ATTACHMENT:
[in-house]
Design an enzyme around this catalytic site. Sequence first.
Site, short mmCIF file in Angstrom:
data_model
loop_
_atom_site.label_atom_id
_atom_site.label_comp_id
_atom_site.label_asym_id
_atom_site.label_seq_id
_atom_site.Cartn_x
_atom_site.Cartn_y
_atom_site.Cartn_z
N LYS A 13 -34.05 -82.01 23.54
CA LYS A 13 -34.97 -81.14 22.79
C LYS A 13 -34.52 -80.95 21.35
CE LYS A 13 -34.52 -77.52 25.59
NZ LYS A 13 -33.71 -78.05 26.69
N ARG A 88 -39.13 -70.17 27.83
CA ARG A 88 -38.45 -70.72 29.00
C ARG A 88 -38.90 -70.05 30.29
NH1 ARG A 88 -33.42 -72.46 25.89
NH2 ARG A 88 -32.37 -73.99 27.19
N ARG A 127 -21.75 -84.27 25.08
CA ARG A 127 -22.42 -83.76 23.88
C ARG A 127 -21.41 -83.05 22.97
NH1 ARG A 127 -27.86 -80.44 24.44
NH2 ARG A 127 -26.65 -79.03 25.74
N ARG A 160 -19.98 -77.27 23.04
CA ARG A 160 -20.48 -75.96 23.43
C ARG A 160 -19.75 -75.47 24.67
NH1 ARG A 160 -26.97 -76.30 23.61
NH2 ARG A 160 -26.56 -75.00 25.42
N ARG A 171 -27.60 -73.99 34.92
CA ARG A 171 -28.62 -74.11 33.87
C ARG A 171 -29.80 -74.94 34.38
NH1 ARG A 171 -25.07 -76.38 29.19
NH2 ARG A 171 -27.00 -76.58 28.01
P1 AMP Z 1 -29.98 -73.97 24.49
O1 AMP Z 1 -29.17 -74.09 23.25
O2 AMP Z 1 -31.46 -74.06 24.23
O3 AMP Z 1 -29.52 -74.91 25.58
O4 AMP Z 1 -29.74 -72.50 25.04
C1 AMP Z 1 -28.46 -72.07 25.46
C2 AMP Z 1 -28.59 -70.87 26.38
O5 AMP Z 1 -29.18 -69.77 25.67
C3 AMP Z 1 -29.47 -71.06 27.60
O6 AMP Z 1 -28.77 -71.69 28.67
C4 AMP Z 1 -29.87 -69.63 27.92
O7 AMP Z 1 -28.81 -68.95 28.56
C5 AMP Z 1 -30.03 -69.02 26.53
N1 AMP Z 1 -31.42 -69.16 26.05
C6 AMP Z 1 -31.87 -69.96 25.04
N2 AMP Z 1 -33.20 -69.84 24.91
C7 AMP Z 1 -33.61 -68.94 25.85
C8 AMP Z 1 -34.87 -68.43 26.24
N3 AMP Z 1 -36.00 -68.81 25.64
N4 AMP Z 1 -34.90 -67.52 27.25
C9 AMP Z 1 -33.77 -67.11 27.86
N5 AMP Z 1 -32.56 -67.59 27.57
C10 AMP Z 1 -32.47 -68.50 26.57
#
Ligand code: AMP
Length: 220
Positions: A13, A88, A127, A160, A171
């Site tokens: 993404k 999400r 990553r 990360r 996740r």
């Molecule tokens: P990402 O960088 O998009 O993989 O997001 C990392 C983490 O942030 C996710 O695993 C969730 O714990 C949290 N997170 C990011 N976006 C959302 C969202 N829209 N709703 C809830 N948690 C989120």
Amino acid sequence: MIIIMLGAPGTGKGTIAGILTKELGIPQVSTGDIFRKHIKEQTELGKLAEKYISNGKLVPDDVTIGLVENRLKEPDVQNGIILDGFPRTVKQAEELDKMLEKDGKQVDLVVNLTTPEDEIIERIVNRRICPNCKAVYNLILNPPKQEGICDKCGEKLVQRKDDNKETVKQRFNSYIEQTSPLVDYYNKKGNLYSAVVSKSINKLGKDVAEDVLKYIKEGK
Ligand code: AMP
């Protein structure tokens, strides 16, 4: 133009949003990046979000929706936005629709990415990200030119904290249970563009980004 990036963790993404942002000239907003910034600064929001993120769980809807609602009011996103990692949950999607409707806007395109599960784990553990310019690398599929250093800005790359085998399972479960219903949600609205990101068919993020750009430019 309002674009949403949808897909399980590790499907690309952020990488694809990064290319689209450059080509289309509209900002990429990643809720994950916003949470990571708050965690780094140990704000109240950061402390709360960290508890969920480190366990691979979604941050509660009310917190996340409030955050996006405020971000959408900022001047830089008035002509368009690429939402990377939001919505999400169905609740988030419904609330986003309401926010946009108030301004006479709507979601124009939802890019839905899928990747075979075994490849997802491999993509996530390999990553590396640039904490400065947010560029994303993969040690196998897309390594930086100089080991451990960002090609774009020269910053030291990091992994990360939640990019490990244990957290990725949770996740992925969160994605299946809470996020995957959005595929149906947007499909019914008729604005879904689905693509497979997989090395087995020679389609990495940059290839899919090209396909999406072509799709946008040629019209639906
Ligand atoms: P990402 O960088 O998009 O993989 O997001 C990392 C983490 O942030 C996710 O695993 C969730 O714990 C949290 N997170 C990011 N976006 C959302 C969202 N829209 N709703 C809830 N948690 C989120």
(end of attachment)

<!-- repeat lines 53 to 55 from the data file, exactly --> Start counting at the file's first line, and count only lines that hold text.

N2 AMP Z 1 -33.20 -69.84 24.91
C7 AMP Z 1 -33.61 -68.94 25.85
C8 AMP Z 1 -34.87 -68.43 26.24